Despite being green, money can be a rather black and white matter. Either someone tends to be a conservative saver or an outright spender. And when these two personalities couple up it can cause money-related confrontations from the first date until it’s time to plan the will.
Our relationship with money is psychological. It’s an integral part of a personality blueprint created in childhood and fueled by messages from our parents and other influential adults. Carolyn has always been a saver, the result of an upbringing by a single mother who struggled to make ends meet. Her mom believed that anything can happen and a healthy savings account was the best kind of security blanket. She rarely purchased new clothes for herself and dressed Carolyn mostly in secondhand outfits. To save on babysitting costs, she brought Carolyn to her office during school vacations.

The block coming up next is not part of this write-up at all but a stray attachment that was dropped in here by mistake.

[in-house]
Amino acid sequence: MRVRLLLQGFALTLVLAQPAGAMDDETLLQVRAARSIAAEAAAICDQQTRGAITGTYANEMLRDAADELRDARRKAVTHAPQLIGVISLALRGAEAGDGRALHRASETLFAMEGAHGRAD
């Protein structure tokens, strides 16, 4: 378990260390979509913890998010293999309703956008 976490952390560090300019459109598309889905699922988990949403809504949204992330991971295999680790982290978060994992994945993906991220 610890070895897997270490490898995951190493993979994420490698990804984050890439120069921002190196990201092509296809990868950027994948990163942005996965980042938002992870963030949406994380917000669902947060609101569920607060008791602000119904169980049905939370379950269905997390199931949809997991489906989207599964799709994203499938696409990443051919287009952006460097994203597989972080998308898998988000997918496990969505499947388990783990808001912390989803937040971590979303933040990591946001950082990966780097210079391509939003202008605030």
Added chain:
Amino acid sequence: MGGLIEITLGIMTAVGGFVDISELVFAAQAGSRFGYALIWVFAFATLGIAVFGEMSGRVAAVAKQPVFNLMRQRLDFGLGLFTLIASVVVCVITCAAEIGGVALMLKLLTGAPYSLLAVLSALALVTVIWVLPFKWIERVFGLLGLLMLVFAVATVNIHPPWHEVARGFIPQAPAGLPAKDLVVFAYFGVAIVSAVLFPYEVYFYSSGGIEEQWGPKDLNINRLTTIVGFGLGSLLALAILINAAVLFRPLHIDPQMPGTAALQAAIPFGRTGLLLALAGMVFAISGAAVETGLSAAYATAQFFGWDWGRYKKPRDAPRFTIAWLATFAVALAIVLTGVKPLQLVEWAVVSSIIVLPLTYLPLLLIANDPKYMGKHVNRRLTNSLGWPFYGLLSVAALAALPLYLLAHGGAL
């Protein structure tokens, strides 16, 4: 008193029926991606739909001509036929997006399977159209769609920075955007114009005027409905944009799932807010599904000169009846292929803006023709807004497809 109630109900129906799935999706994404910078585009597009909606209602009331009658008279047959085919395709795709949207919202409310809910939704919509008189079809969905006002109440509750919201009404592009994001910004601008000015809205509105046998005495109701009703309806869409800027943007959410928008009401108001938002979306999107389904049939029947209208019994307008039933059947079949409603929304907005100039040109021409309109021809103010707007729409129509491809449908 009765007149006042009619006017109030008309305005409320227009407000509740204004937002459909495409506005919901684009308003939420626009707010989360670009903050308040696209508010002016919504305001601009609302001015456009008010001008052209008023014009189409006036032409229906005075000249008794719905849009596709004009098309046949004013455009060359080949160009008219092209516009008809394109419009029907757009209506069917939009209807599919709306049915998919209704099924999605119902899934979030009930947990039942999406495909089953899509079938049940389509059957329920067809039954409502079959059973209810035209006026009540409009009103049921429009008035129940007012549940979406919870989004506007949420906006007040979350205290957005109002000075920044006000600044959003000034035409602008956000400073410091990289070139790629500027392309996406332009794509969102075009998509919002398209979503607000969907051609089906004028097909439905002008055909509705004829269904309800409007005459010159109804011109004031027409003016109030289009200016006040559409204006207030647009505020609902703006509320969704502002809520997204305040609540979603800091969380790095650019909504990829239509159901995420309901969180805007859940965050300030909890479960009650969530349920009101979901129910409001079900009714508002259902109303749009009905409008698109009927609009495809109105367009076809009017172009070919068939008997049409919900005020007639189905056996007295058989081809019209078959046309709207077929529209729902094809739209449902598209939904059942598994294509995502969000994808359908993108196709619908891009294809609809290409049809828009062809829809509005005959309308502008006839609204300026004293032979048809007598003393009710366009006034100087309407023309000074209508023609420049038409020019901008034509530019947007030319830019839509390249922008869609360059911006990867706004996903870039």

Carolyn’s husband Dave is a spender. His blueprint includes parents who loved living on the financial edge, spending every penny on new cars, vacations and the latest technology. He also had a very wealthy uncle who preached risk-taking. Dave sees spending as an emotional rush and an instant gratifier. He finds Carolyn’s natural instinct to save boring and constraining while she walks around with anxiety that they don’t have enough savings for the future. As the years pass, each tries to compensate for the other’s perspective by digging their heels in deeper—she spends even less and he buys even more. They argue about it, and because each is unable to empathize with the other perspective it’s a stalemate.
These vastly different approaches to finances can dominate a relationship, causing fights, stress and secrecy. Savers open secret accounts while spenders use cash to hide their tracks. This financial infidelity may seem harmless but any kind of perfidy is damaging. Lack of financial agreement is like any other difference of opinion between a couple, whether it is about disciplining children or the
amount of time spent with in-laws. Difficulty compromising in any of these important areas can, over time, erode an otherwise healthy relationship.